Intelligibility in single words increased by at least 10% for most children, with some children showing much greater change; change in connected speech was more varied. However, the intelligibility of three children did not seem to change in single words or connected speech (participants H, L and M). Further investigation with larger numbers of participants is needed to gauge whether patterns in response can be predicted for individuals sharing characteristics such as type and severity of speech impairment, receptive and expressive language, and attitude to spoken communication.
With the increases in intelligibility observed, most children in this group should be much better understood in conversation, whether speaking single words or short phrases. Hustad and Beukleman22 propose that such increases are clinically relevant, and informal feedback from the children, their parents, and education staff supported this view. However, the relevance of the results requires dedicated testing. Furthermore, although children across the impairment range increased their intelligibility, those with severe impairments still require augmentative and alternative methods of communication if they are to be maximally intelligible. For children with severe speech impairments, the therapy tested here may be considered as part of a total communication approach in which children are taught to use a range of communication methods to the best of their ability and to select the quickest, most effective method of communication in every conversation.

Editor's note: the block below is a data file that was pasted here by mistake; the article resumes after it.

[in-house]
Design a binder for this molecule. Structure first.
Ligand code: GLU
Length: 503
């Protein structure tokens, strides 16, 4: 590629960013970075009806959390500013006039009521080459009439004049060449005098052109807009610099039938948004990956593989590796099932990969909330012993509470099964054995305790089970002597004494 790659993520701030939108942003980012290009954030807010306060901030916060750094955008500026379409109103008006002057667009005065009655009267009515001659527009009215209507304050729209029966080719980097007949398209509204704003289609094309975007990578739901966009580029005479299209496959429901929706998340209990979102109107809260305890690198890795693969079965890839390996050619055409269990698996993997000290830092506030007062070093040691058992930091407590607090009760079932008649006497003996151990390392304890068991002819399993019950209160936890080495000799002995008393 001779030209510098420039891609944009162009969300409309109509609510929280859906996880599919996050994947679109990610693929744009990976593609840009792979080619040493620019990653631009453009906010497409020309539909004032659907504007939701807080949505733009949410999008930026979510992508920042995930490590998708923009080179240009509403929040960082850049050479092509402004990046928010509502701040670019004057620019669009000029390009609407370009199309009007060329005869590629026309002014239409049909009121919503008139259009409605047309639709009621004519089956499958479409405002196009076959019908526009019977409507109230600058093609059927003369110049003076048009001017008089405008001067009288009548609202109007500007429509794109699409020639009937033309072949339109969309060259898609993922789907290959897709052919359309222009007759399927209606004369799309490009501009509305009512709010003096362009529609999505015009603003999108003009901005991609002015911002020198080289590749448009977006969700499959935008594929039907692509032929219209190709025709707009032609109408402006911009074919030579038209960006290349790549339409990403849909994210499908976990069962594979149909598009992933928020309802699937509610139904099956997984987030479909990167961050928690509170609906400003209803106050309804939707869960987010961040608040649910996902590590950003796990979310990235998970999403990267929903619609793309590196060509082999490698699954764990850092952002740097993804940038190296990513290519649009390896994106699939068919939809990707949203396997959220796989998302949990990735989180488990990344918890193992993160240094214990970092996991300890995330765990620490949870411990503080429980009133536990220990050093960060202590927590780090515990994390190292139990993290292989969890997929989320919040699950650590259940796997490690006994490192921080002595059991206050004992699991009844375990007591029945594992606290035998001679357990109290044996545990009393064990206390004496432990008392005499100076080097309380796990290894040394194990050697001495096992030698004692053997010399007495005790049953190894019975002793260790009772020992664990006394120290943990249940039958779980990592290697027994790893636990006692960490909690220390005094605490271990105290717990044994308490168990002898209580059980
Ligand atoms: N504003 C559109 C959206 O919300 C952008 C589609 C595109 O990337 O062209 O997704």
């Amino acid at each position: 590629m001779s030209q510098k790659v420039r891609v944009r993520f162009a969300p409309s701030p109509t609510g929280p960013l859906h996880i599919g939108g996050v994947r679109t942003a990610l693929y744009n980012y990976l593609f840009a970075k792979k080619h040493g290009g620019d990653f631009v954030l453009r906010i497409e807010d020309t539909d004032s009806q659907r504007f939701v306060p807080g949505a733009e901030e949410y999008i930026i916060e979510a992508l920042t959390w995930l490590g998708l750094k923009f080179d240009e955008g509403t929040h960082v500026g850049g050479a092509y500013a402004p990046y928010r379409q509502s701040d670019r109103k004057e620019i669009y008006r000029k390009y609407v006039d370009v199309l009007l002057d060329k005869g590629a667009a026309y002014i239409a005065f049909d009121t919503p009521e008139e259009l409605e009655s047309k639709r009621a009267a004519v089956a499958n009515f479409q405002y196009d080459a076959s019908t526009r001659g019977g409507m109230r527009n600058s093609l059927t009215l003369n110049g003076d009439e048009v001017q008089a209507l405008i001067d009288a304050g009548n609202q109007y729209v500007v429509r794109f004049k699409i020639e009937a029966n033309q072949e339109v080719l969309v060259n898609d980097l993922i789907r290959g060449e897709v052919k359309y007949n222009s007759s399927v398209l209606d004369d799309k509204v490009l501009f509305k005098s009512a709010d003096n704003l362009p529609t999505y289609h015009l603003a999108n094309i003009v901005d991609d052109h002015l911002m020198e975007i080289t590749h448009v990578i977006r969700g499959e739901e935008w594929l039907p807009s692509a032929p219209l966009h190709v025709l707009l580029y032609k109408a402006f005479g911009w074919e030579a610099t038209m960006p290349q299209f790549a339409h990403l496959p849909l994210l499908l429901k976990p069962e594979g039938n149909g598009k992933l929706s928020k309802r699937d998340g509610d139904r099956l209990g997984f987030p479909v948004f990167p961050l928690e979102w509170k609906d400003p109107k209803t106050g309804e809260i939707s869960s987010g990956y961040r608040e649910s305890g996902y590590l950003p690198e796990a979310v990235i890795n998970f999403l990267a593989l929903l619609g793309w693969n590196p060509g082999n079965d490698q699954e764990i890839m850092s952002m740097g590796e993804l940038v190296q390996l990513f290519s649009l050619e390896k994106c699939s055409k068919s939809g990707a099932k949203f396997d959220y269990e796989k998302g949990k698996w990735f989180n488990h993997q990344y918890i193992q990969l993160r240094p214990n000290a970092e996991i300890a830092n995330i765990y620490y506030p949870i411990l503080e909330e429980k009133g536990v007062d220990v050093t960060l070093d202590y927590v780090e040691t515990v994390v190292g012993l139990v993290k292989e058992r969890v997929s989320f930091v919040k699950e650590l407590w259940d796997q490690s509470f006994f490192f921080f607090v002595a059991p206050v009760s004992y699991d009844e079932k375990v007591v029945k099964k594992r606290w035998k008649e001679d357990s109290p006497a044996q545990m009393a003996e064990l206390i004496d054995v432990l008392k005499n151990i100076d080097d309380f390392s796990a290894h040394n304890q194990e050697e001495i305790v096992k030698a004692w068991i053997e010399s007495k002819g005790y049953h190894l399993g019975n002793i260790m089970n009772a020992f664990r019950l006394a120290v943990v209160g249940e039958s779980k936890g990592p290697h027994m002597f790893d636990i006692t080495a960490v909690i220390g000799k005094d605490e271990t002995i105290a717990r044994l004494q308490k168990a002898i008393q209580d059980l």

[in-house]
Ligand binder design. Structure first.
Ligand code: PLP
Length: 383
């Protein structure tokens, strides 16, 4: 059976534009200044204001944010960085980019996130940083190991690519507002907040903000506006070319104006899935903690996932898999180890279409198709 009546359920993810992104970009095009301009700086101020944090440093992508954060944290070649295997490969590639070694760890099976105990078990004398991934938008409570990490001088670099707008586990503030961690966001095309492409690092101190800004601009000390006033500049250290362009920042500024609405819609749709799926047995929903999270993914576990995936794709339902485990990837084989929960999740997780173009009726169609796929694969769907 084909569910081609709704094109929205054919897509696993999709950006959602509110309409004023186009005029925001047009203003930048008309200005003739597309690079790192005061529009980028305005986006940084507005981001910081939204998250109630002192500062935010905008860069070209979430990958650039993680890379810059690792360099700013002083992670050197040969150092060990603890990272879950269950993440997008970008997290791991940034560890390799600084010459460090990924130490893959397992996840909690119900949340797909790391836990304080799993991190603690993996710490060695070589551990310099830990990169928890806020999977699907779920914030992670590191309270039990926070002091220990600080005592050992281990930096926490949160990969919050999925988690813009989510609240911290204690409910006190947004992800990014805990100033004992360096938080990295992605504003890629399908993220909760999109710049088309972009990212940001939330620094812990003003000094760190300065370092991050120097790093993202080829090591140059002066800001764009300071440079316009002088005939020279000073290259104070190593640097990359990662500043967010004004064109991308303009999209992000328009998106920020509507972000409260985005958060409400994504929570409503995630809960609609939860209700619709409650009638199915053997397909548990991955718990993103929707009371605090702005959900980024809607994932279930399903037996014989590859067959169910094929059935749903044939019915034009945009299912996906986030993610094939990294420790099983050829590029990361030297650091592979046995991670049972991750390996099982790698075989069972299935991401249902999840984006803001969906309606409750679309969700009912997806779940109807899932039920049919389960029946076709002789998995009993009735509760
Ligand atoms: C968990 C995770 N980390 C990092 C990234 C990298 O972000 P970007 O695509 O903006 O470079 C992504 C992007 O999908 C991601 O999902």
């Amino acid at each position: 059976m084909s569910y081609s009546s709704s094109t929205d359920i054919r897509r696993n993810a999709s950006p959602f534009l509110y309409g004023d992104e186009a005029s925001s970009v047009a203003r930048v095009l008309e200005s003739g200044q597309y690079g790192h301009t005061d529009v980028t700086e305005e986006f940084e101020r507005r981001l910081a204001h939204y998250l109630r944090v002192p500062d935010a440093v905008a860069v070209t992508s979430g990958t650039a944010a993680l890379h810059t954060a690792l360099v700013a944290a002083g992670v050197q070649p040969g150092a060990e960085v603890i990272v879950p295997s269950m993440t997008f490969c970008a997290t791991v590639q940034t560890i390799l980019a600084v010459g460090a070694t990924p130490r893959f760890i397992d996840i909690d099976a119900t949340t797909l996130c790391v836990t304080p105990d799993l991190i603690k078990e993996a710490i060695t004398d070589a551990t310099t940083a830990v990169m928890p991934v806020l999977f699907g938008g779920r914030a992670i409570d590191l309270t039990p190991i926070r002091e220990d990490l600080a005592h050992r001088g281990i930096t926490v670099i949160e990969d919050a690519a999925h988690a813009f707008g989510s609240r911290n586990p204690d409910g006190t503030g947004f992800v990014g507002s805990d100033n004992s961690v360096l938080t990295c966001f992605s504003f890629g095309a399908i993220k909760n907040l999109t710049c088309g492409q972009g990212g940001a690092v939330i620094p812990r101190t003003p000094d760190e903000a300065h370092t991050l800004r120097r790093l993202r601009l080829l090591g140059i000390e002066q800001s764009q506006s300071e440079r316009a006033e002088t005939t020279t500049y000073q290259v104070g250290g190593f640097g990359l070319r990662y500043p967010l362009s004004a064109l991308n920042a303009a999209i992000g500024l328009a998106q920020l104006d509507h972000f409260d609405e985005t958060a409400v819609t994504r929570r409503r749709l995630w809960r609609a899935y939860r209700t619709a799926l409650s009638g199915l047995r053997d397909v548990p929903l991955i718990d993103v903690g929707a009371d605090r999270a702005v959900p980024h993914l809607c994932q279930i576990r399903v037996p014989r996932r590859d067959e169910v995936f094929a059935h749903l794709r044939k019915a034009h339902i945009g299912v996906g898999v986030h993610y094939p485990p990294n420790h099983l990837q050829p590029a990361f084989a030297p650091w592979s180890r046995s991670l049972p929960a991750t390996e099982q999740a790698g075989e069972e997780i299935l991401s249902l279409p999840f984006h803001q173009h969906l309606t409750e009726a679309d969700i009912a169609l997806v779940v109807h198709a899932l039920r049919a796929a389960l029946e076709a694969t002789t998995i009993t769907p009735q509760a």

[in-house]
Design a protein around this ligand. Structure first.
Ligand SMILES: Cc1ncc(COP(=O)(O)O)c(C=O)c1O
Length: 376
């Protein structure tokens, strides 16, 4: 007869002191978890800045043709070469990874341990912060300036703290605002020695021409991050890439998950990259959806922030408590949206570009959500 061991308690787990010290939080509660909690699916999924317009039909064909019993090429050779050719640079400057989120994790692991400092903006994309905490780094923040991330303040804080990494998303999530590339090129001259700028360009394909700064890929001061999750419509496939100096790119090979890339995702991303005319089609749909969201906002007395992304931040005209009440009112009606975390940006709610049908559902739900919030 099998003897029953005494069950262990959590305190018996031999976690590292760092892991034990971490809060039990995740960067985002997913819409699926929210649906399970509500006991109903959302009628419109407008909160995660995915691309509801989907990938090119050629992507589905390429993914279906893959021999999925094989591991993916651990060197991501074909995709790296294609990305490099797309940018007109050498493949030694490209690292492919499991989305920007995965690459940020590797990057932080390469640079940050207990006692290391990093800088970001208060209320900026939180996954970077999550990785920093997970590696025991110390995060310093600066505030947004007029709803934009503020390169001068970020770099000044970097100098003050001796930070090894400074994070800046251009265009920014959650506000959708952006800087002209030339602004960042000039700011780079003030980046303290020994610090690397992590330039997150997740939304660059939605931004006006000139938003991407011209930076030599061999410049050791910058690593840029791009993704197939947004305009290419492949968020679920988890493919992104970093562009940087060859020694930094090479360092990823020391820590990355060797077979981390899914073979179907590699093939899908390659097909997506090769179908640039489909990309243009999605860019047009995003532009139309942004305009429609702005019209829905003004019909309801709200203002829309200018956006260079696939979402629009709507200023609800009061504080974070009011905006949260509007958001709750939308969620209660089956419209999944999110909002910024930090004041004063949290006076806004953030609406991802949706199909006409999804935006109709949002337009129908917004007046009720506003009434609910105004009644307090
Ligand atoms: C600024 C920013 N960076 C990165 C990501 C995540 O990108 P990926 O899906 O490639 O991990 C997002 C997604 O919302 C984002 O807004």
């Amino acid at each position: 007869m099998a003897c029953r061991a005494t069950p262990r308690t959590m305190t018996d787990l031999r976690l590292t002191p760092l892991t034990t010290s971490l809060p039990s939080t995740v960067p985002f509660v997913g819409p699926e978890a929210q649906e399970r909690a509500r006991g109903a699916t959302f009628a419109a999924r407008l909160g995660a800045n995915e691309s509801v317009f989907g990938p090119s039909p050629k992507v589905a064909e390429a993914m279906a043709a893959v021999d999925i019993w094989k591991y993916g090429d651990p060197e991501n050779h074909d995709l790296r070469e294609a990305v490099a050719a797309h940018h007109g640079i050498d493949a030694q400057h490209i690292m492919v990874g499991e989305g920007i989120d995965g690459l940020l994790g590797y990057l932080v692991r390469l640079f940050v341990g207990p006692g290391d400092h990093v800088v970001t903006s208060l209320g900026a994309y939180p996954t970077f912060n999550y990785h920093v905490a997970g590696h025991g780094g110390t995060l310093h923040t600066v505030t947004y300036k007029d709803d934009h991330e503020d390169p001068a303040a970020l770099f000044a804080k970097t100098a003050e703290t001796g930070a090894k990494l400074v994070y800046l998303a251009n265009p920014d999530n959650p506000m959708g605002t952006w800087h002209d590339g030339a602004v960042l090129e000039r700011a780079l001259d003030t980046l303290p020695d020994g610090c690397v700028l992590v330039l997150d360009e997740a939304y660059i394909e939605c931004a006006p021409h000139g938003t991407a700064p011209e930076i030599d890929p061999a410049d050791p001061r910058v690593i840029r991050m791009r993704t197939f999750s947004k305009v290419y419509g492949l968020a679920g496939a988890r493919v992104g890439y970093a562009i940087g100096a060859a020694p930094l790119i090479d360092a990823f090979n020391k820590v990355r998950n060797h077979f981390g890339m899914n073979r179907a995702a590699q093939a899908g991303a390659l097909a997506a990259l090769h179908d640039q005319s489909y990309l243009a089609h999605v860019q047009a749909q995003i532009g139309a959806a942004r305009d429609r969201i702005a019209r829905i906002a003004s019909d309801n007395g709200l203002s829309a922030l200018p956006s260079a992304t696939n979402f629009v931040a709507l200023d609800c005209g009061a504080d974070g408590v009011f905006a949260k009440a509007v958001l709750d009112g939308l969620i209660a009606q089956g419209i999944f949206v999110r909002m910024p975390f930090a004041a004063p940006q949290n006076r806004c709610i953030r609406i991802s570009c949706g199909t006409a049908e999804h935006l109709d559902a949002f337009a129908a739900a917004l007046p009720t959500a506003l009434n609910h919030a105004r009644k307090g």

The greater intelligibility to familiar conversation partners observed here has also been noted with adults with acquired dysarthria23 and supports the inclusion of both familiar and unfamiliar listeners in future research to estimate children’s intelligibility in their usual conversational environments and their wider community. However, it is important to note the lower interrater reliability scores for familiar raters. This result might also relate to listeners’ knowledge of speakers.23 Some of the familiar raters spent more time with the participants than others: some were teachers and classroom assistants who spent most of their day in the class with the participants; others were therapists who saw the children less frequently. Future research should include some measure or control of familiarity or time spent with participants when investigating the intelligibility of speakers to familiar conversation partners.